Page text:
"A Surprise." That is what Dana White says he has in store for the people trying to stream UFC 257 on January 23 illegally.
However, the question is why "a surprise" now at UFC 257 and not for previous UFC events. We have a few ideas about why Dana White and the UFC are looking to combat illegal streaming now more than ever.
More People Streaming Illegally Than Before
It is hard to get exact numbers of the number of people illegally streaming anything. Obviously, the sites that run these streams do not provide data to the UFC on how many people are watching. However, there are a few reasons more people may be streaming UFC events illegally.
One is restaurant closures in many regions around the world. Whether it is individually, pairs, or larger groups, many people go out to bars and restaurants to watch UFC events. Individuals or small groups (no more than four people) could typically save money or break even – depending on how much they eat and drink – by going out to watch the event. However, with many restaurants closed and the price of UFC pay-per-views increasing by $5, the price may turn people to illegal streams.
You also have an uptick in UFC – so-called fans – taking an interest in a pay-per-view if it is headlined by a marquee name such as Conor McGregor. Many of these casual fans – I have met some myself – do not want to spend the money on the event. They really just want to watch the last fight of the night and spend plenty of time searching Reddit treads and Google for streams of the fight.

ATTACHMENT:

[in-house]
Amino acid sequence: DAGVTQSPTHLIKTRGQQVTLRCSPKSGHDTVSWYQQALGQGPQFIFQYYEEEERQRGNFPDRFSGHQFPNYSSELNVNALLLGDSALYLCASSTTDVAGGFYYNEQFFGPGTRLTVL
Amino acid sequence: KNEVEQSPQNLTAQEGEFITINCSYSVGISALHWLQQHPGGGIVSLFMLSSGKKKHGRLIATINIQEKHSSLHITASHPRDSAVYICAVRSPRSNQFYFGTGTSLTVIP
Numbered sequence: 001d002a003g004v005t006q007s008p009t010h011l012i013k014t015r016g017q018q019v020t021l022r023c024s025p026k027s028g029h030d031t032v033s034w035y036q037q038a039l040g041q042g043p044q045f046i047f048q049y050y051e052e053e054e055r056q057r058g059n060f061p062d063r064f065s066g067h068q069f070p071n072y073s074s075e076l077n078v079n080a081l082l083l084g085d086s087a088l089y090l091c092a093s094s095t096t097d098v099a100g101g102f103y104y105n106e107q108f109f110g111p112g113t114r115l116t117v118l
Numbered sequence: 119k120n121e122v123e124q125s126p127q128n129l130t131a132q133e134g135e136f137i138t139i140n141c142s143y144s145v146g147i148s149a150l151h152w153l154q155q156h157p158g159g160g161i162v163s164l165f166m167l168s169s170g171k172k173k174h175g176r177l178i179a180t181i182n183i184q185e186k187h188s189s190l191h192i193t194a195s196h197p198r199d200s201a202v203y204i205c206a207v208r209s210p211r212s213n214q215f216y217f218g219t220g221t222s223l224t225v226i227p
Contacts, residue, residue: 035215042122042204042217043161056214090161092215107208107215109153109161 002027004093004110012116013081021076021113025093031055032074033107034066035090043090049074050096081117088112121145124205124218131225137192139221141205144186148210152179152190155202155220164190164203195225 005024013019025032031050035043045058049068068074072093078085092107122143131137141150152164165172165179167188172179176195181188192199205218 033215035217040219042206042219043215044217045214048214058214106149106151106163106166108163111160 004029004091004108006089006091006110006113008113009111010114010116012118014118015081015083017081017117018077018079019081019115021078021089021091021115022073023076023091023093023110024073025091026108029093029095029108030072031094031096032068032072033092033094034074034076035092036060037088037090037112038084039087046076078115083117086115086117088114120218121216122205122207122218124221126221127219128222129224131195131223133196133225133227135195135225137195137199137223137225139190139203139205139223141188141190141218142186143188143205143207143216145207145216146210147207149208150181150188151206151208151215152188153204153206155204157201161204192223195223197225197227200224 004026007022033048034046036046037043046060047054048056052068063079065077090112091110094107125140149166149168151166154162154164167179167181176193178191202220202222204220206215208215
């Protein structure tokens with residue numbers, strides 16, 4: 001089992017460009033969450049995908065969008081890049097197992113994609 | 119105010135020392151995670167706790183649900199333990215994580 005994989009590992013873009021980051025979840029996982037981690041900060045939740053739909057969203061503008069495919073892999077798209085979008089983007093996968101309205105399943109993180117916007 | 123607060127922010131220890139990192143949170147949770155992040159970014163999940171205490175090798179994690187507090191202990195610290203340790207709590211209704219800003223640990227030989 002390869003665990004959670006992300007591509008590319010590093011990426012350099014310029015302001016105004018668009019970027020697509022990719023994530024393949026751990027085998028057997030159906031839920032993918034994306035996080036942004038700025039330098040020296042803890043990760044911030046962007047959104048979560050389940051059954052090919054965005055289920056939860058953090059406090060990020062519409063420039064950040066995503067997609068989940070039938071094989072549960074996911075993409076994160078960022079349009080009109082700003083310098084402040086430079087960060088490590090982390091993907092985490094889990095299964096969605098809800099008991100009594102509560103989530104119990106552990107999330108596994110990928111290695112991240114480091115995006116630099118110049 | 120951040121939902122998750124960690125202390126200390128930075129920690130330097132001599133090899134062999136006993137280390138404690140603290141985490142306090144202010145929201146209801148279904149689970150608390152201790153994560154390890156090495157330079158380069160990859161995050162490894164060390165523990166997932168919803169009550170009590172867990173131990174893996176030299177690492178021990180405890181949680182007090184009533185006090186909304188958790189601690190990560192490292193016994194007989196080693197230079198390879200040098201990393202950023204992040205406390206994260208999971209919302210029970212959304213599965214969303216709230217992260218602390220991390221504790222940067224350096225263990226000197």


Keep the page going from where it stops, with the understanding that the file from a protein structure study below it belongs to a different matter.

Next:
The UFC obviously wants these fans to pay for the entire event and will give those trying to watch for free a fun surprise on January 23.
No Profits from Gate Sales Expedites the Need to Combat Illegal Streaming
It may sound wild, but the UFC had a successful and profitable 2020 – especially compared to other sports that suffered massive losses. In December, Dana White proclaimed the UFC broke records in many areas and posted record profits.
Of course, those profits should be higher if not for the additional costs surrounding the Covid-19 pandemic (PPE equipment, testing, extra costs) and the loss of gate sales.
There are some tickets being sold for UFC 257 – starting at over $200. However, the limited numbers pale in comparison to a normal UFC event. For example, UFC 229 sold 20,034 tickers for a total gate of $17,188,894.67.
As we enter 2021, we approach nearly a full year of no or limited gate sales. At $70 per pay-per-view (or the equivalent price in other regions), the UFC needs about 200,000 buys of the event to make back the average gate of a UFC pay-per-view event. Getting more people to buy the event will help make back some of these lost profits.
Fighters Want Their Value
It is hard to reach a compromise with UFC fighters on how much they will make when they can just delay a fight or decline an offer. While a titleholder could have it stripped due to inactivity, most fighters will want their worth before they agree to a fight.
To meet the demands of fighters, the UFC has to make money. While money is earned in many ways, the more people buying the fight, means more cash for the UFC. Not just through buys, but with more viewers, sponsorship deals will increase in profit.